# LeetCode - Unique Paths

## Problem statement

A robot is located at the top-left corner of a **m x n** grid (marked 'Start' in the diagram below).

The robot can only move either down or right at any point in time. The robot is trying to reach the bottom-right corner of the grid (marked 'Finish' in the diagram below).

How many possible unique paths are there?

Problem statement taken from: https://leetcode.com/problems/unique-paths

**Example 1:**

```
Input: m = 3, n = 7
Output: 28
```

**Example 2:**

```
Input: m = 3, n = 2
Output: 3
Explanation:
From the top-left corner, there are a total of 3 ways to reach the bottom-right corner:
1. Right -> Down -> Down
2. Down -> Down -> Right
3. Down -> Right -> Down
```

**Example 3:**

```
Input: m = 7, n = 3
Output: 28
```

**Example 4:**

```
Input: m = 3, n = 3
Output: 6
```

**Constraints:**

```
- 1 <= m, n <= 100
- It's guaranteed that the answer will be less than or equal to 2 * 10^9
```

### Explanation

#### Brute force approach

As per the problem statement the robot can move either down or right.
We can use recursion to find the count.
Let *numberOfPaths(m, n)* represent the counts of path to reach
row number m and column number n in the grid.
*numberOfPaths(m, n)* in C++ can be recursively written as following.

```
int numberOfPaths(int m, int n){
if (m == 1 || n == 1)
return 1;
return numberOfPaths(m - 1, n) + numberOfPaths(m, n - 1);
}
```

The time complexity of the above solution is **exponential**.
There are many overlapping sub-problems and hence we can use
dynamic programming approach to avoid re-computing
overlapping sub-problems.

#### Dynamic programming approach

We can avoid re-computing the overlapping sub-problems by constructing a temporary 2D array count[][] in bottom up manner using the above recursive approach.

```
int numberOfPaths(int m, int n){
// create a 2D array to store results of sub-problems
int count[m][n];
// count of paths to reach any cell in first column is 1
for (int i = 0; i < m; i++)
count[i][0] = 1;
// count of paths to reach any cell in first row is 1
for (int j = 0; j < n; j++)
count[0][j] = 1;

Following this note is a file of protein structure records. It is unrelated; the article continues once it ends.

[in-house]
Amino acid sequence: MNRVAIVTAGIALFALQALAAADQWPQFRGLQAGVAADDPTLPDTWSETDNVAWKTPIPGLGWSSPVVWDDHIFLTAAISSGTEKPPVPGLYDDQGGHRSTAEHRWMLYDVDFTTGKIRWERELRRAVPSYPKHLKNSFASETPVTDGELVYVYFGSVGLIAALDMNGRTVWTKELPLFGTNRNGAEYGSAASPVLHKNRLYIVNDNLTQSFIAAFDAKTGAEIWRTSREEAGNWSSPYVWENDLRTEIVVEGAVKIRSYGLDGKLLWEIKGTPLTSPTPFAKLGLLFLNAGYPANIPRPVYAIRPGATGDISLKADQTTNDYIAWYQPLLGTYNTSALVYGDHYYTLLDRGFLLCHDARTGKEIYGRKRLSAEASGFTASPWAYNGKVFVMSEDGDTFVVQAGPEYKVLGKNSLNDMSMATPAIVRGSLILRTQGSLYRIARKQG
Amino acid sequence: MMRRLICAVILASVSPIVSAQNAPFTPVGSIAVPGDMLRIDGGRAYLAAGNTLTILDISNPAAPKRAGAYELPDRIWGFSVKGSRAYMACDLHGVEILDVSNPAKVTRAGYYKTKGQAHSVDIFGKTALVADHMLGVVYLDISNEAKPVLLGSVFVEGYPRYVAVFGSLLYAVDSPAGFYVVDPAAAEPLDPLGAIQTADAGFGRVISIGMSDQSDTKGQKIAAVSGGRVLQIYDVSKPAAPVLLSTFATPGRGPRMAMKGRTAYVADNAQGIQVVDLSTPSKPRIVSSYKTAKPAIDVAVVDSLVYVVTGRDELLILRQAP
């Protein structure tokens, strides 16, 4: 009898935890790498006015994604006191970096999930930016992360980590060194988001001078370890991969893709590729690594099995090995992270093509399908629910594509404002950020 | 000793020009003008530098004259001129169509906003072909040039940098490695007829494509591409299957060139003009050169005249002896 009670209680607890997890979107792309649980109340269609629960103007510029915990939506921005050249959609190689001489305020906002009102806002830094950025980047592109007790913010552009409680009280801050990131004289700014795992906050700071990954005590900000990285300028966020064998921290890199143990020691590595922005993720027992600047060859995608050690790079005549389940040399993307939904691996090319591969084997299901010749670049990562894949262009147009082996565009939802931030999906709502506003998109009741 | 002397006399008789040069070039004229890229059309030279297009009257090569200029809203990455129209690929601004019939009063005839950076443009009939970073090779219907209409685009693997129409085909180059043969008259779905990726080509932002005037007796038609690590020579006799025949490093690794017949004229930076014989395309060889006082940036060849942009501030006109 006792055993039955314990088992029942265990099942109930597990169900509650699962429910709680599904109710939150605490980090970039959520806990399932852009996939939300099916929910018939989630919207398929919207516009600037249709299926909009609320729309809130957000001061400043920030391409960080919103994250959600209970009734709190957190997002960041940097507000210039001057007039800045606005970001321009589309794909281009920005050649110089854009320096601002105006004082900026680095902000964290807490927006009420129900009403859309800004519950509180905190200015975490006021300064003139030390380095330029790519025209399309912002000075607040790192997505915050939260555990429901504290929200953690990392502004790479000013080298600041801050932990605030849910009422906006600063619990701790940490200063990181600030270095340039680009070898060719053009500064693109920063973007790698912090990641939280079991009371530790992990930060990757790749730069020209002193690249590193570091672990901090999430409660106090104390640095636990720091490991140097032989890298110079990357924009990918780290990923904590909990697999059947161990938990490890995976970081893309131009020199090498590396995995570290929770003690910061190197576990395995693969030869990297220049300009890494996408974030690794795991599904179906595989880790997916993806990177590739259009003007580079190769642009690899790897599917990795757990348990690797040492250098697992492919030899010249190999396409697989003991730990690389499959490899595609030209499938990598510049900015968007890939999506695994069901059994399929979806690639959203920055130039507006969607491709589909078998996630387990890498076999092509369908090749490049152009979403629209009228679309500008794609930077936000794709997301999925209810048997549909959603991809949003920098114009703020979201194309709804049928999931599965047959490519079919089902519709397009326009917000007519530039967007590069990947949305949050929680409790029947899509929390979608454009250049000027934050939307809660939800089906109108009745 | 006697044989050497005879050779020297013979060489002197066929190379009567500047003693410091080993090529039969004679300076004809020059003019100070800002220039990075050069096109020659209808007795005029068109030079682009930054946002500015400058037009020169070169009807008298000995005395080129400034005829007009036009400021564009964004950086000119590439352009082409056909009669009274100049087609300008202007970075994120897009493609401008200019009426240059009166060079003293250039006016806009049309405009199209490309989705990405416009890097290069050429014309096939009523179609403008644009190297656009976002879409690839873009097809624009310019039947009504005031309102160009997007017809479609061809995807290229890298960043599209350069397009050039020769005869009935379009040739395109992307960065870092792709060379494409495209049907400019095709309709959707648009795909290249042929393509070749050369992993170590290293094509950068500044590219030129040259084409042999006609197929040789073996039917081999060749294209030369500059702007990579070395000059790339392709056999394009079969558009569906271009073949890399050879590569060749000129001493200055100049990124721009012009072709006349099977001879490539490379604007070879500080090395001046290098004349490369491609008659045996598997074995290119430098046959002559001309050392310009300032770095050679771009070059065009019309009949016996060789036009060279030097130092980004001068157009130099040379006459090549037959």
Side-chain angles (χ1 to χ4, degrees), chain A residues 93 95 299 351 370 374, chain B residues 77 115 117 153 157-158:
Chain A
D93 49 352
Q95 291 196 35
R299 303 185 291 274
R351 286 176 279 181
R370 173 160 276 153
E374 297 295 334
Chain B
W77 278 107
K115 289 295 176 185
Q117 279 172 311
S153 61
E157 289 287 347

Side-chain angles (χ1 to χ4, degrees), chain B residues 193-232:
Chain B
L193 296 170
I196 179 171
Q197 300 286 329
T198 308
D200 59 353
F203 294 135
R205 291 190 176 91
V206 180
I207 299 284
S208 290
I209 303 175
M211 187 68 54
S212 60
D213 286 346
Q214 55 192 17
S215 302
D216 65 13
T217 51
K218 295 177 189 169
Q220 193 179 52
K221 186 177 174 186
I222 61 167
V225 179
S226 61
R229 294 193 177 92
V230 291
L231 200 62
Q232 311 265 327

for (int i = 1; i < m; i++) {
for (int j = 1; j < n; j++)
count[i][j] = count[i - 1][j] + count[i][j - 1];
}
return count[m - 1][n - 1];
}
```

The time complexity of the above program is **O(mn)**.
The space complexity is **O(mn)**.
We can reduce the space more by **O(n)** where n is column size.

```
int numberOfPaths(int m, int n){
int count[n] = { 1 };
count[0] = 1;
for (int i = 0; i < m; i++) {
for (int j = 1; j < n; j++) {
count[j] += count[j - 1];
}
}
return count[n - 1];
}
```

#### Combinatorics approach

We have to calculate *m+n-2 C n-1* here which will be **(m+n-2)! / (n-1)! (m-1)!**

Let's check the algorithm on how to compute the above formula:

```
- set paths = 1
- loop for i = n; i < m + n - 1; i++
- set paths = paths * i
- update paths = paths / (i - n + 1)
- return paths
```

#### C++ solution

```
class Solution {
public:
int uniquePaths(int m, int n) {
long int paths = 1;
for(int i = n; i < m + n - 1; i++){
paths *= i;
paths /= (i - n + 1);
}
return int(paths);
}
};
```

#### Golang solution

```
func uniquePaths(m int, n int) int {
paths := 1
for i := n; i < m + n - 1; i++{
paths *= i
paths /= (i - n + 1)
}
return paths
}
```

#### Javascript solution

```
var uniquePaths = function(m, n) {
let paths = 1;
for(let i = n; i < m + n - 1; i++){
paths *= i;
paths /= (i - n + 1);
}
return paths;
};
```

#### Dry Run

Let's dry-run our algorithm to see how the solution works.

```
Input: m = 3, n = 7
Step 1: set paths = 1
Step 2: loop for i = n; i < m + n - 1
i = 7
7 < 7 + 3 - 1
7 < 9
7 < 9
true
paths = paths * i
paths = 1 * 7
= 7
paths = paths / (i - n + 1)
= 7 / (7 - 7 + 1)
= 7 / 1
= 7
i++
i = 8
Step 3: loop for i < m + n - 1
8 < 8 + 3 - 1
8 < 9
8 < 9
true
paths = paths * i
paths = 7 * 8
= 56
paths = paths / (i - n + 1)
= 56 / (8 - 7 + 1)
= 56 / 2
= 28
i++
i = 9
Step 4: loop for i < m + n - 1
9 < 8 + 3 - 1
9 < 9
false
Step 5: return paths
So we return answer as 28.
```